That was all many years ago now, and I don’t even remember when I last got that kind of reaction. In Russia, people are becoming more tolerant. I came to my last reunion in leggings and heels with my hair gelled back. People walked up and said, “Oleg, I felt so bad that you were humiliated that way, but I just couldn’t do anything.”

My parents also didn’t support my lifestyle at all. My father didn’t live with us, and we only saw each other on holidays. Once, at my grandmother’s birthday, he refused to sit at the same table as me, and then he threw his silverware on the floor and stormed out of the apartment. That was seven years ago, and we haven’t spoken since. I saw him once on the street and he didn’t even say hello. I live with my grandmother and grandfather now. They’ve gotten used to the fact that I look this way.

People have this stereotype that there’s something wrong with your orientation, if you look different. But I’m straight. It’s just that I always look more provocative than my girlfriends. For example, I studied to be a programmer, so my college classmates were mostly boys, with only a couple girls. Naturally, I was attracted to the girls. Most of the people I talk to are girls, except for a few gay friends. I don’t seek out contact with straight men. On the street, people don’t approach me, so I don’t pay much attention to them. I don’t care what they think about me.

My first girlfriend was constantly trying to change me. She witnessed my transformation from an emo to a freak-trans and couldn’t come to terms with it. I went around in heels, in dresses, with long hair and fake eyelashes. She didn’t want to introduce me to her parents because of the way I looked. But the person I’m dating should accept me as I am. So I was single for a few years, which is honestly how I’m more comfortable. That said, I’m definitely going to have a family and a child. And I’m certainly not going to change to achieve that. Why should I? On the contrary, I’ll think up something new. I’m not afraid of outside pressure, and my kid won’t be afraid, either.

Two years ago, without any planning, I grabbed my backpack and left Russia to travel the world. In two years, I visited 98 countries. I trusted strangers. I didn’t sleep in a hotel or take a plane even once. I spent only about $200 a month. I used an app to find people who would let me stay the night, and nobody outside the former Soviet Union showed me any cruelty. It worked out that I always gravitated toward the nonconformists. For example, even in Tajikistan, where people are extremely conservative, I spent the night at the home of two lesbians.

Now I’m working as a makeup artist in strip clubs and at ballroom dance competitions, among other places. I’m saving up for another trip around the world. I still haven’t been to New Zealand, Australia, and parts of Africa. Yes, I could work 12-hour shifts in an office, but I chose a different path. And I look exactly how I feel myself to be.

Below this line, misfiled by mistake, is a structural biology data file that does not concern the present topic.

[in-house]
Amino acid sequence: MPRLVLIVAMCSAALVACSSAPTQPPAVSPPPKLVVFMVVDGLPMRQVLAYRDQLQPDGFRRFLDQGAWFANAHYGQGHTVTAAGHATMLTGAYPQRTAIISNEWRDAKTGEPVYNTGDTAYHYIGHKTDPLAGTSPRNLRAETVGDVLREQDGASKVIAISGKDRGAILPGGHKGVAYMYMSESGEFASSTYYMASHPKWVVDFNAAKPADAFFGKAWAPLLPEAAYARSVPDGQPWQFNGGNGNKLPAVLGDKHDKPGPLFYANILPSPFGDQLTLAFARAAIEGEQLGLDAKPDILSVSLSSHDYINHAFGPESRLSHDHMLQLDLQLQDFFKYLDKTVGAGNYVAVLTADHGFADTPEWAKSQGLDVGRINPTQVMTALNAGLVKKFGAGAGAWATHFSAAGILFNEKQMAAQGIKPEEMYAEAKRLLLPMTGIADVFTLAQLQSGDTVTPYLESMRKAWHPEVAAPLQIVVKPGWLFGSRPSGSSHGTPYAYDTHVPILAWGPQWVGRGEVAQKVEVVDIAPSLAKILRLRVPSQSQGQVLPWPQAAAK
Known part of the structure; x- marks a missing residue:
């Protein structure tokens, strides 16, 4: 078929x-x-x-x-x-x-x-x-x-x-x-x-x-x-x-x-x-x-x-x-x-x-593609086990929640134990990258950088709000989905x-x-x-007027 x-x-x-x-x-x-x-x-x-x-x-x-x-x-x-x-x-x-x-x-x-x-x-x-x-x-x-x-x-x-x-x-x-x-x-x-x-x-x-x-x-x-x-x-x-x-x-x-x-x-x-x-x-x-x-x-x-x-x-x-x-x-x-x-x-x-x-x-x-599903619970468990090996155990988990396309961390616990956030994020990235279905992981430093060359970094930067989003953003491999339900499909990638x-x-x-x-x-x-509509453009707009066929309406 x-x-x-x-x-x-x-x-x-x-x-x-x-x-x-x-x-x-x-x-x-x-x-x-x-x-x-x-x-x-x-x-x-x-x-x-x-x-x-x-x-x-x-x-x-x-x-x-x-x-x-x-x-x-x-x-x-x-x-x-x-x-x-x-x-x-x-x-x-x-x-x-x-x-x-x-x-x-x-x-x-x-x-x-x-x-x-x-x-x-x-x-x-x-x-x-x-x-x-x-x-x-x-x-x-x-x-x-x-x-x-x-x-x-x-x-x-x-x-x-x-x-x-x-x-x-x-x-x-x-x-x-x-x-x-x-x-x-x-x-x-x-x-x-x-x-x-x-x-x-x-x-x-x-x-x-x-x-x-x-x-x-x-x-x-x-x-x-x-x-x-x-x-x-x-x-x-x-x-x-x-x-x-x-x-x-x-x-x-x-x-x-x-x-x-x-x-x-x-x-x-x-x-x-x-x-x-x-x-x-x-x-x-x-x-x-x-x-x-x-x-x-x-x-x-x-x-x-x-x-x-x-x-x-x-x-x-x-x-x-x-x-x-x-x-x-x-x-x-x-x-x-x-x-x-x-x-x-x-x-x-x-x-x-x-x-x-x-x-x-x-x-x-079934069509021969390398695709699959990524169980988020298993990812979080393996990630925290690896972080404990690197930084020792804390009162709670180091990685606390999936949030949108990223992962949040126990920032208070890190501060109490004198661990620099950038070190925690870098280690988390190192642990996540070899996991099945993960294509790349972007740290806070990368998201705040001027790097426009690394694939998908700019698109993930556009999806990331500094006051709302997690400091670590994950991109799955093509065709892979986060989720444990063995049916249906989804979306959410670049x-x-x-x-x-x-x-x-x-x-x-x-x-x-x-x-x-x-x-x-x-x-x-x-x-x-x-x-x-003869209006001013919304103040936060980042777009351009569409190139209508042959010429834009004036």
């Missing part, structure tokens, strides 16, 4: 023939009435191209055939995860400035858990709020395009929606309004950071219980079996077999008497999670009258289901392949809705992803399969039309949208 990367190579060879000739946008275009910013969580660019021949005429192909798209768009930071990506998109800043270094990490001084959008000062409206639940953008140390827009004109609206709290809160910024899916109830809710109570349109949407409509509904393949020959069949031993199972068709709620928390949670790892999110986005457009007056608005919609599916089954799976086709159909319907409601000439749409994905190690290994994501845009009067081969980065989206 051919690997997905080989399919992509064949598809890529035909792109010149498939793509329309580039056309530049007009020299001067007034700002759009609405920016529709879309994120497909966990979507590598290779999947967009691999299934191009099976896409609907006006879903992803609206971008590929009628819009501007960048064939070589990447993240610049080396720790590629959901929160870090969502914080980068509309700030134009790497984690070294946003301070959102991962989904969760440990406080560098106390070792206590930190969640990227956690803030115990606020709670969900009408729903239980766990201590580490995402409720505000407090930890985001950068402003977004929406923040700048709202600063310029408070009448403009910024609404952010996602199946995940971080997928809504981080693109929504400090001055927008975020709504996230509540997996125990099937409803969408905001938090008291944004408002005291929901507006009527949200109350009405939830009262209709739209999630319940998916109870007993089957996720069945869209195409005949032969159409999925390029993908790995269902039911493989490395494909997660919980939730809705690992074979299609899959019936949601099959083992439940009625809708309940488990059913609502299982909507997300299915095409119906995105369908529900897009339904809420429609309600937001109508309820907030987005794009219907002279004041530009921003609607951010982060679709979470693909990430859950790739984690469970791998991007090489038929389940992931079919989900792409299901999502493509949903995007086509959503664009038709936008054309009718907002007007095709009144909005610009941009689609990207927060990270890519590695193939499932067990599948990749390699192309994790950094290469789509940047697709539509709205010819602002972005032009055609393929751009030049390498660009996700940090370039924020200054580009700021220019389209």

Zhenya

19, student

Angelina Musaelyan

People like to tell me that my way of life is just teenage stupidity, that I’ll grow out of it for sure. But this “stupidity” started when I was five, so there was no sharp turn for me from a “typical girl” with long hair and a dress to the way I look now. I’ve worn loose clothing since childhood, and I gradually began to find it only in the men’s section. It’s not hard for me to dress in a more feminine way, but when something fits tightly on my hips, it creeps me out.

I had an interview recently at a Japanese firm, and I dressed as a woman. But it turns out that they actually value when a girl can look like a boy — and vice versa.

I don’t need hormones; my body works for me. I have wide shoulders, a wide ribcage, and narrow hips. My own figure lets me look how I want to look. Since age 13, I’ve compensated for what doesn’t work with a chest binder. True, my mom couldn’t come to terms with the appearance of that particular item in my closet for a long time, and she has tried to throw it away more than once.

At that same age, I first started thinking about a sex change. But the rules in Russia say minors can do that only with their parents’ permission, and my parents didn’t even let me cut my hair short until graduation. So I gradually came to the conclusion that I’m comfortable in this body. My body is my advantage: I can look like a boy and like a girl.

I’ve never met my father, so from the very beginning our house was missing a man’s pair of hands. It was down to me to hammer in shelves, fix electronics, to screw, to drill, to solder. I don’t like to cook, and I don’t know how. My boyfriend doesn’t let me into the kitchen. I can do just about any man’s work, but sometimes I want to relax, too. And my boyfriend is the first person with whom I’ve felt delicate and feminine.

I’m an introvert, and it’s hard for me to talk to people. I don’t have any female friends, and I can count the boys I know on two hands. I really love psychology, and more often than not, my interactions with the people around me are based on the fact that I find it interesting to observe them. At school, I didn’t talk to anyone. Sooner or later, I just understood that the people around me didn’t share my interests.

In college, though, I haven’t encountered these misunderstandings. There are two gay guys and a lesbian in my class. Everyone is treated with tolerance. The only time I encounter hostility is on the Internet. Somebody recently hit me with some Pushkin, writing: “At night, the pains of labor caught her: not a Zhenya, not a daughter.”

Once, a girl I know called me in a panic when two men were stalking her not far from my house. I’m really into knives and I’ve got a lot at home. I strapped a few throwing knives around my waist and ran out of the house — dressed as a man, naturally. My imposing height and the knives were enough to make the men back off right away. Now we joke that her “boyfriend” is not someone you want to mess with.

Of course, my parents want to see their daughter in a wedding dress someday, and they want to see me raise their grandchildren. For health reasons, though, I can’t have my own children. If I give birth, they say I could go blind. I’d rather find a child in an orphanage. And if someone ends up wanting to marry me, you can be sure that I’ll walk down the aisle in a smoking jacket.

Comments recorded by Angelina Musaelyan, translated by Hilah Kohen